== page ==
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# Zero-sum game

In game theory and economic theory, a zero-sum game is a mathematical representation of a situation in which an advantage that is won by one of two sides is lost by the other.[1] If the total gains of the participants are added up, and the total losses are subtracted, they will sum to zero. Thus, cutting a cake, where taking a more significant piece reduces the amount of cake available for others as much as it increases the amount available for that taker, is a zero-sum game if all participants value each unit of cake equally. Other examples of zero-sum games in daily life include games like poker, chess, and bridge where one person gains and another person lose, which result in a zero-net benefit for every player.[2] In the markets and financial instruments, futures contracts and options are zero-sum games as well.[3] Nevertheless, the situation like the stock market etc. is not a zero-sum game because investors could gain profit or loss from share price influences by profit forecasts or economic outlooks rather than gain profit from other investors lost.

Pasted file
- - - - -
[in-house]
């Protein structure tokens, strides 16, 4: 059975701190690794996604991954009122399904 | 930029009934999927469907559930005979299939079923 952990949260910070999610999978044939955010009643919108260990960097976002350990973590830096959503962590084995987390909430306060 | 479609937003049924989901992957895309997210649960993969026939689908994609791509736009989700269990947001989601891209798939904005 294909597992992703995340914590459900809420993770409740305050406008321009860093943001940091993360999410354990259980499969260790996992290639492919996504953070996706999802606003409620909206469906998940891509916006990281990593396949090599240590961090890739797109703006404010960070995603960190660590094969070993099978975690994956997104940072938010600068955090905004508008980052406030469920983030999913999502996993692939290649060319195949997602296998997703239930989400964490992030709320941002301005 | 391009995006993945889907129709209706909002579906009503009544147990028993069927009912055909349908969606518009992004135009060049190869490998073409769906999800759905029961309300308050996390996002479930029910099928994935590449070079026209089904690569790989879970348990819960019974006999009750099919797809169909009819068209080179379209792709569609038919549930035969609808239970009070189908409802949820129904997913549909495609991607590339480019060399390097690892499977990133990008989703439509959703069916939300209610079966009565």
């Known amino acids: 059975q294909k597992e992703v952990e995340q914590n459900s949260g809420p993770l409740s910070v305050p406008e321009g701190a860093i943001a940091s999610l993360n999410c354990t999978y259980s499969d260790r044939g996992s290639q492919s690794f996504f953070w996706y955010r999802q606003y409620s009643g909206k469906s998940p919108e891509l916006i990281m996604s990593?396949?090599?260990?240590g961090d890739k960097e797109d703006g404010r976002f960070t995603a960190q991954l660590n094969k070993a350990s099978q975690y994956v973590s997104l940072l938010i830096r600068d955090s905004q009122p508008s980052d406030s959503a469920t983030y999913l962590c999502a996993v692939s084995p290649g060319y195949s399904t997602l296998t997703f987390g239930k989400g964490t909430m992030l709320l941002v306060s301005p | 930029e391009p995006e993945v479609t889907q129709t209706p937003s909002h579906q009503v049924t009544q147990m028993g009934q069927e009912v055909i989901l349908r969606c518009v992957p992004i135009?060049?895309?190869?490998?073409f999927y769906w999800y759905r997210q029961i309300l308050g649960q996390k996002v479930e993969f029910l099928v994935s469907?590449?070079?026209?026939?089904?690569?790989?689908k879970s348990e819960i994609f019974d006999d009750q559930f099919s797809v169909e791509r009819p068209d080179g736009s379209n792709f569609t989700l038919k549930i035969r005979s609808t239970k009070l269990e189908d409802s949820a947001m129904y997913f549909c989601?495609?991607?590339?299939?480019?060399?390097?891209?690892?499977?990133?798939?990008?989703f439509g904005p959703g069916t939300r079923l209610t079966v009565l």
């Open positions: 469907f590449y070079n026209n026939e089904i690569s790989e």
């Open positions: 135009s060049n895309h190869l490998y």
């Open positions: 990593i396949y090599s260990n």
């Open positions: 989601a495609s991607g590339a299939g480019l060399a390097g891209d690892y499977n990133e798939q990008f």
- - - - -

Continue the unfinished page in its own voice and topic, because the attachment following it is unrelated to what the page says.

In contrast, non-zero-sum describes a situation in which the interacting parties' aggregate gains and losses can be less than or more than zero. A zero-sum game is also called a strictly competitive game, while non-zero-sum games can be either competitive or non-competitive. Zero-sum games are most often solved with the minimax theorem which is closely related to linear programming duality,[4] or with Nash equilibrium. Prisoner's Dilemma is a classical non-zero-sum game.[5]

Many people have a cognitive bias towards seeing situations as zero-sum, known as zero-sum bias.

## Definition

 Choice 1 Choice 2 Choice 1 −A, A B, −B Choice 2 C, −C −D, D Generic zero-sum game

The zero-sum property (if one gains, another loses) means that any result of a zero-sum situation is Pareto optimal. Generally, any game where all strategies are Pareto optimal is called a conflict game.[6]

Zero-sum games are a specific example of constant sum games where the sum of each outcome is always zero.[7] Such games are distributive, not integrative; the pie cannot be enlarged by good negotiation.